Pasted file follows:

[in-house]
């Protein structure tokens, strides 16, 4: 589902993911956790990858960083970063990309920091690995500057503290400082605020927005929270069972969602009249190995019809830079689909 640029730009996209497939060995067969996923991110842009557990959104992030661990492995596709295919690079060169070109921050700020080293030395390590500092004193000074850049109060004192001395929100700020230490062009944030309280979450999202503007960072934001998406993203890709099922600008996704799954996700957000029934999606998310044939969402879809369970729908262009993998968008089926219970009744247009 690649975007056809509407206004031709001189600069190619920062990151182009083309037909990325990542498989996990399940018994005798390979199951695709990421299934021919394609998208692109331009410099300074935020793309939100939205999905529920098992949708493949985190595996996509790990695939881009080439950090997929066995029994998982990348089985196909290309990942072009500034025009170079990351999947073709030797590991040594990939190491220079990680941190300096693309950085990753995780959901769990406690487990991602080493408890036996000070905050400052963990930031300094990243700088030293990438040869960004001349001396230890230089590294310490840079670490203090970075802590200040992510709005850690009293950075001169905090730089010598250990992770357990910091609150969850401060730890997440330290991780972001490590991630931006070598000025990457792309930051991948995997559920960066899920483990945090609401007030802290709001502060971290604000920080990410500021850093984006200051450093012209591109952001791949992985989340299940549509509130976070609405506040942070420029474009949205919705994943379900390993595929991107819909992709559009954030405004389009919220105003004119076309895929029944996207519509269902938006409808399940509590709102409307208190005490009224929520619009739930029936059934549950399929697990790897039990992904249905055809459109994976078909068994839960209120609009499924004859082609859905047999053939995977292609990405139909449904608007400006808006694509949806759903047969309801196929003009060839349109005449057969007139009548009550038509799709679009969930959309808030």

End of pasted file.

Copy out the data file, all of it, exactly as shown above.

[in-house]
């Protein structure tokens, strides 16, 4: 589902993911956790990858960083970063990309920091690995500057503290400082605020927005929270069972969602009249190995019809830079689909 640029730009996209497939060995067969996923991110842009557990959104992030661990492995596709295919690079060169070109921050700020080293030395390590500092004193000074850049109060004192001395929100700020230490062009944030309280979450999202503007960072934001998406993203890709099922600008996704799954996700957000029934999606998310044939969402879809369970729908262009993998968008089926219970009744247009 690649975007056809509407206004031709001189600069190619920062990151182009083309037909990325990542498989996990399940018994005798390979199951695709990421299934021919394609998208692109331009410099300074935020793309939100939205999905529920098992949708493949985190595996996509790990695939881009080439950090997929066995029994998982990348089985196909290309990942072009500034025009170079990351999947073709030797590991040594990939190491220079990680941190300096693309950085990753995780959901769990406690487990991602080493408890036996000070905050400052963990930031300094990243700088030293990438040869960004001349001396230890230089590294310490840079670490203090970075802590200040992510709005850690009293950075001169905090730089010598250990992770357990910091609150969850401060730890997440330290991780972001490590991630931006070598000025990457792309930051991948995997559920960066899920483990945090609401007030802290709001502060971290604000920080990410500021850093984006200051450093012209591109952001791949992985989340299940549509509130976070609405506040942070420029474009949205919705994943379900390993595929991107819909992709559009954030405004389009919220105003004119076309895929029944996207519509269902938006409808399940509590709102409307208190005490009224929520619009739930029936059934549950399929697990790897039990992904249905055809459109994976078909068994839960209120609009499924004859082609859905047999053939995977292609990405139909449904608007400006808006694509949806759903047969309801196929003009060839349109005449057969007139009548009550038509799709679009969930959309808030």